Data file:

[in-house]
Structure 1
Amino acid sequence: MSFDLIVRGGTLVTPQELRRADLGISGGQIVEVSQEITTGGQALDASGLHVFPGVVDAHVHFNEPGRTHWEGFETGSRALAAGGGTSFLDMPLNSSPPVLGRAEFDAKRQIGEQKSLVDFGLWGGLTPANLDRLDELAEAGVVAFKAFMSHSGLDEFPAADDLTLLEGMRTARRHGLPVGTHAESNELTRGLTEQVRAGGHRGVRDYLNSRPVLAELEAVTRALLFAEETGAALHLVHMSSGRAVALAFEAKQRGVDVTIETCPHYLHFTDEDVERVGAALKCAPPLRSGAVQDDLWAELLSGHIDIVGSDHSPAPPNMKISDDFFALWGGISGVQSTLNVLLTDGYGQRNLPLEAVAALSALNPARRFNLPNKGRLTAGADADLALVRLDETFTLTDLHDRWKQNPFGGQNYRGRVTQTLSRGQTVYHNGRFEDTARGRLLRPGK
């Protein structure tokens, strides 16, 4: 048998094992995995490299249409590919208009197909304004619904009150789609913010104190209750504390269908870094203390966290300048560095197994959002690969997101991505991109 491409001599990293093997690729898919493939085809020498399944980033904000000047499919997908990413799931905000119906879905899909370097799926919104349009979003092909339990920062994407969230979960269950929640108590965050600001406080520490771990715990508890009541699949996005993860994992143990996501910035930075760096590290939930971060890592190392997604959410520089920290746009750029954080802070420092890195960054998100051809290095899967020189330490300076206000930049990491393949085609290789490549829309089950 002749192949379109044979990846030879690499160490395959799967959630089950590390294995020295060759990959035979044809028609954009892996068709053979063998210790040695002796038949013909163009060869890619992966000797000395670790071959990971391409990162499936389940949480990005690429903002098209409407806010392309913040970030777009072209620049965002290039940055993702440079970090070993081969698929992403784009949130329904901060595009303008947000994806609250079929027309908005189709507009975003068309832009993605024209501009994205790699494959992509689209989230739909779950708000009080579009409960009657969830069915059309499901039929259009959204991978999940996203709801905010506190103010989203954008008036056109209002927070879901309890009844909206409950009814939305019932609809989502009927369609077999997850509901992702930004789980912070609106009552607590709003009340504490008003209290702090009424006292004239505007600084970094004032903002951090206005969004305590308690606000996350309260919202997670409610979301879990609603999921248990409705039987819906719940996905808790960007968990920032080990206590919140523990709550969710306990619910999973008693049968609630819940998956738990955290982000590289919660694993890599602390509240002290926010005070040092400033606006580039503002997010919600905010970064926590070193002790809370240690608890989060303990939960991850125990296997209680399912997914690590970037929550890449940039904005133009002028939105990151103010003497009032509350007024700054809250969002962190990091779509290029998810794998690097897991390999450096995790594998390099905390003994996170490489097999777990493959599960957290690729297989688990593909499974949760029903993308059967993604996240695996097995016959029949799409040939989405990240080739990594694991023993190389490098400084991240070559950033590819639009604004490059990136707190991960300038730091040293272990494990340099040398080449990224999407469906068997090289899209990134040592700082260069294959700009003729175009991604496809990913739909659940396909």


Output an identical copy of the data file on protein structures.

[in-house]
Structure 1
Amino acid sequence: MSFDLIVRGGTLVTPQELRRADLGISGGQIVEVSQEITTGGQALDASGLHVFPGVVDAHVHFNEPGRTHWEGFETGSRALAAGGGTSFLDMPLNSSPPVLGRAEFDAKRQIGEQKSLVDFGLWGGLTPANLDRLDELAEAGVVAFKAFMSHSGLDEFPAADDLTLLEGMRTARRHGLPVGTHAESNELTRGLTEQVRAGGHRGVRDYLNSRPVLAELEAVTRALLFAEETGAALHLVHMSSGRAVALAFEAKQRGVDVTIETCPHYLHFTDEDVERVGAALKCAPPLRSGAVQDDLWAELLSGHIDIVGSDHSPAPPNMKISDDFFALWGGISGVQSTLNVLLTDGYGQRNLPLEAVAALSALNPARRFNLPNKGRLTAGADADLALVRLDETFTLTDLHDRWKQNPFGGQNYRGRVTQTLSRGQTVYHNGRFEDTARGRLLRPGK
């Protein structure tokens, strides 16, 4: 048998094992995995490299249409590919208009197909304004619904009150789609913010104190209750504390269908870094203390966290300048560095197994959002690969997101991505991109 491409001599990293093997690729898919493939085809020498399944980033904000000047499919997908990413799931905000119906879905899909370097799926919104349009979003092909339990920062994407969230979960269950929640108590965050600001406080520490771990715990508890009541699949996005993860994992143990996501910035930075760096590290939930971060890592190392997604959410520089920290746009750029954080802070420092890195960054998100051809290095899967020189330490300076206000930049990491393949085609290789490549829309089950 002749192949379109044979990846030879690499160490395959799967959630089950590390294995020295060759990959035979044809028609954009892996068709053979063998210790040695002796038949013909163009060869890619992966000797000395670790071959990971391409990162499936389940949480990005690429903002098209409407806010392309913040970030777009072209620049965002290039940055993702440079970090070993081969698929992403784009949130329904901060595009303008947000994806609250079929027309908005189709507009975003068309832009993605024209501009994205790699494959992509689209989230739909779950708000009080579009409960009657969830069915059309499901039929259009959204991978999940996203709801905010506190103010989203954008008036056109209002927070879901309890009844909206409950009814939305019932609809989502009927369609077999997850509901992702930004789980912070609106009552607590709003009340504490008003209290702090009424006292004239505007600084970094004032903002951090206005969004305590308690606000996350309260919202997670409610979301879990609603999921248990409705039987819906719940996905808790960007968990920032080990206590919140523990709550969710306990619910999973008693049968609630819940998956738990955290982000590289919660694993890599602390509240002290926010005070040092400033606006580039503002997010919600905010970064926590070193002790809370240690608890989060303990939960991850125990296997209680399912997914690590970037929550890449940039904005133009002028939105990151103010003497009032509350007024700054809250969002962190990091779509290029998810794998690097897991390999450096995790594998390099905390003994996170490489097999777990493959599960957290690729297989688990593909499974949760029903993308059967993604996240695996097995016959029949799409040939989405990240080739990594694991023993190389490098400084991240070559950033590819639009604004490059990136707190991960300038730091040293272990494990340099040398080449990224999407469906068997090289899209990134040592700082260069294959700009003729175009991604496809990913739909659940396909």